Weekly Urban News Update
September 20, 2019
In This Update: 
An Environmental Seal of Approval for the River Thames
Water Threatens Political Stability in Basra 
Why Kota is Reinventing Itself as India's Happiness City 
Gates Foundation Releases 2019 Goalkeepers Report
Creating Opportunities in Nairobi Slums
Considering Small and Medium-Sized Cities to Combat Climate Change
Transit Strike Drives Parisians to Cycling Lanes
How New York City Insulated itself from the Effects of China's Recycling Import Ban
In the News and Around the Web
IHC Global Spotlight Event: World Bank Urbanization and Poverty Reduction Research
An Environmental Seal of Approval for the River Thames
In the 1950s, a broken sewer system and industry waste had so polluted the Thames River in London that it was declared "biologically dead." Decades of tighter environmental regulations, upgraded waste systems, and habitat enhancement projects has now restored the river's livability for hundreds of animal species, including for the 3500 seals that now live in its estuary. Biologist Thea Cox enthuses: "The seals would not be able to pup here at all without a reliable food source, so this demonstrates that the Thames ecosystem is thriving and shows just how far we have come since the river was declared biologically dead in the 1950s." According to the World Bank, in addition to protecting large numbers of animal species, investments in urban water improvements could improve the health of 1 billion people and reduce the impacts of climate change.

Read more here
Water Threatens Political Stability in Basra
A lack of access to safe and clean drinking water could exacerbate political instability in Basra, Iraq. Since 2018, 118,000 people have been treated for water-borne diseases and approximately 250,000 school children lack clean running water at school. Basra's current water predicament stems from a multitude of causes including lack of basic infrastructure services after the defeat of ISIS, the effect of Iran's dam and farming projects, poor household waste management, and government corruption. The government promises to invest in better water and services, but observers remain wary. Human Rights Watch Senior Researcher Belkis Wille says that without a strong government commitment to addressing water pollution policy, Basra will continue to be susceptible to political crisis.

Read more here.
Why Kota is Reinventing itself as India's "Happiness City"
Each year, 150,000 students from across India come to the city of Kota to prepare for competitive university entrance exams at coaching institutes.In India, Kota is also well-known for its high-rate of student suicide, which many attribute to grueling study schedules, extreme pressure to succeed, and the stigma attached to poor performance. To address the crisis, Kota business entrepreneurs and residents have formed a "Happiness City" initiative that organizes entertainment for students, motivational talks, and provides a "Happiness Card," that offers discounts at local shops. Shreyans Mehta, a participant in the initiative explains: "It's for the love of the city. We couldn't watch the name of the city being spoiled like this."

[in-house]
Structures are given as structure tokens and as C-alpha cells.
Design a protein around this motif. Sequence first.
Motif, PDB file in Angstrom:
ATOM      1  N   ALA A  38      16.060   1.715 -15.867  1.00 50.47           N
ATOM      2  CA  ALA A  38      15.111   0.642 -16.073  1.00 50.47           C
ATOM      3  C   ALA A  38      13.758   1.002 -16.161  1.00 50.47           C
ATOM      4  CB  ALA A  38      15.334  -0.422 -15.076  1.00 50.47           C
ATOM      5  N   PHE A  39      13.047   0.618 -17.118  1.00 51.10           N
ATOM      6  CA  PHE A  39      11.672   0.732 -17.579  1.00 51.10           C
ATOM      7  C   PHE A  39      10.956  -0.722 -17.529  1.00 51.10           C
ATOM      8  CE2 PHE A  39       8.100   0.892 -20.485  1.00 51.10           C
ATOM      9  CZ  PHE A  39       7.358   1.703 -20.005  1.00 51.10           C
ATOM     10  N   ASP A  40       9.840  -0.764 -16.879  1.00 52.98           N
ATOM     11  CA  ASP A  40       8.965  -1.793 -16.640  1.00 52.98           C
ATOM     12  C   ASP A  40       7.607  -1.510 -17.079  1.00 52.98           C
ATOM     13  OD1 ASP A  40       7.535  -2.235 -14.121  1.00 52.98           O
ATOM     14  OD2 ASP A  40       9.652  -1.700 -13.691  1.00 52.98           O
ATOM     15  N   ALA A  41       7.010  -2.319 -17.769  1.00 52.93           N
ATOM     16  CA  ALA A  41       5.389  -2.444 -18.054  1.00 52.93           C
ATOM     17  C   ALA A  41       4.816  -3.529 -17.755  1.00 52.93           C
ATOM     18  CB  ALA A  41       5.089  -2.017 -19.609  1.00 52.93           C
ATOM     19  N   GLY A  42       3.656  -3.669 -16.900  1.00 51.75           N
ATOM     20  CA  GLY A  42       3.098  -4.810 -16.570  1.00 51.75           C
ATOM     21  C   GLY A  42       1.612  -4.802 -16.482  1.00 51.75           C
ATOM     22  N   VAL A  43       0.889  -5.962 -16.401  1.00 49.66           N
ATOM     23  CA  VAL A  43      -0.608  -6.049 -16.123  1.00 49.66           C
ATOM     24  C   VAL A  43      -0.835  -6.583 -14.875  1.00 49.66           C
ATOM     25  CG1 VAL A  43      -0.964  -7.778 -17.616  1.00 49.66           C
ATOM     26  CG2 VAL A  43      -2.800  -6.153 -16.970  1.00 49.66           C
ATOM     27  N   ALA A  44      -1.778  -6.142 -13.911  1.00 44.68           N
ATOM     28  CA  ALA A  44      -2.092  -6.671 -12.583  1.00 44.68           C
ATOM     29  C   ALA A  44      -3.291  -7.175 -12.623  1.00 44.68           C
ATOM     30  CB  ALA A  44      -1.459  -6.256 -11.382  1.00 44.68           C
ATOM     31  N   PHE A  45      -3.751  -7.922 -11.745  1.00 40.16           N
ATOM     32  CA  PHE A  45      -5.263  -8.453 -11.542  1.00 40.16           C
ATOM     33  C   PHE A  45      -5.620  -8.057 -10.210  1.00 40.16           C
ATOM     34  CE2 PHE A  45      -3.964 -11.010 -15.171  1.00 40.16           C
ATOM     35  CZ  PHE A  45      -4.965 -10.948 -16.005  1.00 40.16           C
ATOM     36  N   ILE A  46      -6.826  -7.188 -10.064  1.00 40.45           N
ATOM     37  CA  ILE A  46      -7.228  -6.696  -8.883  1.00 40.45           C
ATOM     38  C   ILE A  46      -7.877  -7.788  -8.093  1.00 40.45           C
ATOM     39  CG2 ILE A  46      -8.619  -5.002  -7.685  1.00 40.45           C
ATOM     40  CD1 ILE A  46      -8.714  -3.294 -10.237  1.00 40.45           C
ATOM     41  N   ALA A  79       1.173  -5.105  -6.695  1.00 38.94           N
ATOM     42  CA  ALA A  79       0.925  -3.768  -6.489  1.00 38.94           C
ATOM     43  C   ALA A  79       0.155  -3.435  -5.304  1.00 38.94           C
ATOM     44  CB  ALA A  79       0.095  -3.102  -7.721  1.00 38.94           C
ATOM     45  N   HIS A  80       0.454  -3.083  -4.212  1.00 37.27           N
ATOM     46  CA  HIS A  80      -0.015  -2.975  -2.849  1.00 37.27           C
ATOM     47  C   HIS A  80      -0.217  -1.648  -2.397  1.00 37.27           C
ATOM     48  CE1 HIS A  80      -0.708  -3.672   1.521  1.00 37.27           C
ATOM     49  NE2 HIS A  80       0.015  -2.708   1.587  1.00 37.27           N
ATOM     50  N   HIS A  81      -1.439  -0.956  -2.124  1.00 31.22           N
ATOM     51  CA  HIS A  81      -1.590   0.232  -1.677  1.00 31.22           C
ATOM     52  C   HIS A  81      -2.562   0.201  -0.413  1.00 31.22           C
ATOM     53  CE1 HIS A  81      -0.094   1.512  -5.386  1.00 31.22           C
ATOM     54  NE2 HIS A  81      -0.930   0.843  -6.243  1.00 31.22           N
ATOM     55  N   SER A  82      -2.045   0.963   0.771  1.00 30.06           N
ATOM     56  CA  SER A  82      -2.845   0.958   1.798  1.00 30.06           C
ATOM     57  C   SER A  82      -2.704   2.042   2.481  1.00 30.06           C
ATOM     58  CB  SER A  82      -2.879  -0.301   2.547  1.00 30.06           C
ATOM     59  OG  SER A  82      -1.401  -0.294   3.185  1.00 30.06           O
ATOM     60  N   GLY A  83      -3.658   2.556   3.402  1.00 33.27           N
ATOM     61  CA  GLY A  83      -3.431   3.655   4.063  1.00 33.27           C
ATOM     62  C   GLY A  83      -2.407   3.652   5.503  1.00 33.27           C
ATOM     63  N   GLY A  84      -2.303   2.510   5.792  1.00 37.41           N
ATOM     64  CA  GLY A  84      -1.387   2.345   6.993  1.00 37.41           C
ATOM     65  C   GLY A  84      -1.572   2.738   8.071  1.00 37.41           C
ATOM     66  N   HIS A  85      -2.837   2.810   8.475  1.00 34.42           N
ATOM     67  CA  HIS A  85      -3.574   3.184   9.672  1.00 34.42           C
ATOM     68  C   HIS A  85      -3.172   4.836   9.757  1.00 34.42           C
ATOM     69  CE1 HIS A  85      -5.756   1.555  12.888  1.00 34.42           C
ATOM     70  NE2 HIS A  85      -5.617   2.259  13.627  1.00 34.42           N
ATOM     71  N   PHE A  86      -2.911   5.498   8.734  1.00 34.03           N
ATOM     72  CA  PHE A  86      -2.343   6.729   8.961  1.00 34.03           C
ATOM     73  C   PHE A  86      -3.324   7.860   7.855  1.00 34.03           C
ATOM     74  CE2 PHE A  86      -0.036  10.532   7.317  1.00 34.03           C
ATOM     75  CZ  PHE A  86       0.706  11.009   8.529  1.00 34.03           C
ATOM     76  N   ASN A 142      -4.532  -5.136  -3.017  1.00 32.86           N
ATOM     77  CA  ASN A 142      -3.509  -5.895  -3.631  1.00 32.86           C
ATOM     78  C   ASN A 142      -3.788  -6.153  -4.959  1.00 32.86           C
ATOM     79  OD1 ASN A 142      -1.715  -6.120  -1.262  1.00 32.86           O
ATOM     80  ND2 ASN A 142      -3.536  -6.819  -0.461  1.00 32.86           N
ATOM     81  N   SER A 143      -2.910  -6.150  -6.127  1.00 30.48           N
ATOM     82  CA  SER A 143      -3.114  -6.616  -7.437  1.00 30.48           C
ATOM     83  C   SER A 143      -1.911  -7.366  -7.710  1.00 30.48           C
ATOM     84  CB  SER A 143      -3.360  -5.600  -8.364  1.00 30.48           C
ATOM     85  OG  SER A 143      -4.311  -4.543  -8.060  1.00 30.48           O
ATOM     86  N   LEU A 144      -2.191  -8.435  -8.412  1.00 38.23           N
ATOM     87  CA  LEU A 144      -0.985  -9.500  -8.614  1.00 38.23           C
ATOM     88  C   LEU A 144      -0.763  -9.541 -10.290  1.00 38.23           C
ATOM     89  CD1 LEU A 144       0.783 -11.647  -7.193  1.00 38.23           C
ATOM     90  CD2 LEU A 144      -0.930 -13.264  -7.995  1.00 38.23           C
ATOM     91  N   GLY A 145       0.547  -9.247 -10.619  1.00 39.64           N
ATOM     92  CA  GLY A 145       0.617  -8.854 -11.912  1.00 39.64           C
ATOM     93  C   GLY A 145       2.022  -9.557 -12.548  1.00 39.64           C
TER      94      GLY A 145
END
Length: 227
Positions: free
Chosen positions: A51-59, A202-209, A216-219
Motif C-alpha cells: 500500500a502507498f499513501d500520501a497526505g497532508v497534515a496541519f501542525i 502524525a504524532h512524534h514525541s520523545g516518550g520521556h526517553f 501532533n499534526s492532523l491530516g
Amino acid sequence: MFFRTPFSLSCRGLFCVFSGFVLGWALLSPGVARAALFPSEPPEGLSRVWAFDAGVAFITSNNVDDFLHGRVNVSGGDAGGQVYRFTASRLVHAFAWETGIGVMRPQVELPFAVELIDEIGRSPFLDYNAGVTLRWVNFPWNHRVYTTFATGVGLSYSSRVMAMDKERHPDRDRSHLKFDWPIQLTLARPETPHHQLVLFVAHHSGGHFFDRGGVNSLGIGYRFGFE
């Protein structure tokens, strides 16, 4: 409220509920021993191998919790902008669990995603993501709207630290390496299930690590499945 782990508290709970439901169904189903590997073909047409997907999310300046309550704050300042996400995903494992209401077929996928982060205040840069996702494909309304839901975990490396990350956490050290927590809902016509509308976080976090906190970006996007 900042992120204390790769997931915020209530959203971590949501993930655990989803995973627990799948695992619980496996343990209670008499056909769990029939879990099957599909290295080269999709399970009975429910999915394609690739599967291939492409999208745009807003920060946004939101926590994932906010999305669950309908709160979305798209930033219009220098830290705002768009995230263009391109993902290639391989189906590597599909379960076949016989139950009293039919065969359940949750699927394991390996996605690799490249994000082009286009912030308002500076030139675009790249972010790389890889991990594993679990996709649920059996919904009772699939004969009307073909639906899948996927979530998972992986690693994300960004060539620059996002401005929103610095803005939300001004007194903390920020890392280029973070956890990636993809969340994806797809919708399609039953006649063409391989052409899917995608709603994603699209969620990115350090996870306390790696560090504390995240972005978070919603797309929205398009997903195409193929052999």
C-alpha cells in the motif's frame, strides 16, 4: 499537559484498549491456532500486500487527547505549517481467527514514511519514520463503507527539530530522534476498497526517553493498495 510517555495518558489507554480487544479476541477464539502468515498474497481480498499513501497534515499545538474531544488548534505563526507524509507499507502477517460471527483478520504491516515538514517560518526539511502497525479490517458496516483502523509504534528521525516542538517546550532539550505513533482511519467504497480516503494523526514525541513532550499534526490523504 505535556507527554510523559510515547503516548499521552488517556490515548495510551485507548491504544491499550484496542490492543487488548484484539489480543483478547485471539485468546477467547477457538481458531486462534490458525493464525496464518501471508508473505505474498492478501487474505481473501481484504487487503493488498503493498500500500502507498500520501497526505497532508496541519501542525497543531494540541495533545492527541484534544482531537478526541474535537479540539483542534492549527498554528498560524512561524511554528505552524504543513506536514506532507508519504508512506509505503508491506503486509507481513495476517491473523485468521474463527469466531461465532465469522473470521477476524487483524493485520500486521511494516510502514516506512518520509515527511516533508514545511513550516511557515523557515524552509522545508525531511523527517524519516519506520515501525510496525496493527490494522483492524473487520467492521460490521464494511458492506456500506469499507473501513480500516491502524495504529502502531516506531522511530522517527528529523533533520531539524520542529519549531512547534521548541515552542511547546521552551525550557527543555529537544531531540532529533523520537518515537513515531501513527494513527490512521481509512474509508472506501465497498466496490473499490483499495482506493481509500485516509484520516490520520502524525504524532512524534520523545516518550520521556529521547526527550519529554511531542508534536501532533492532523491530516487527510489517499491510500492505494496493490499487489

Read more here.
Gates Foundation Releases 2019 Goalkeepers Report
The Bill and Melinda Gates Foundation released its third annual Goalkeepers Report this week. The Goalkeepers Report examines progress made towards reaching the Sustainable Development Goals. This year, the report emphasized that countries must prioritize erasing inequality in order to progress toward their development goals. Various forms of inequality, whether gender, race, geography or religion, disadvantages an individual's opportunity to lead a healthy, productive life. "For a girl born in the Sahel, one of the poorest regions in the world," states the report, "getting to a healthy, productive life requires overcoming hurdle after hurdle after hurdle."

Read more here.
Creating Opportunities in Nairobi Slums
The Kibera slum in Nairobi demonstrates both the challenges and opportunities presented by cities, writes Rockefeller Foundation Senior Vice President Christine Heenan. Kibera, the largest slum in Africa, houses an estimated one million residents who lack basic city services and infrastructure. But, Neenan points to new community-based approaches that point to the socioeconomic potential of rapidly urbanizing Africa. The nonprofit Shining Hope for Communities (SHOFCO), for instance, was formed to provide education to girls, but since then has worked to strengthen Kibera's governing systems, civic dialogue, infrastructure and economic prospects. Neenan reasons that the work of organizations like SHOFCO in Kibera may serve as good development examples for neighboring African cities.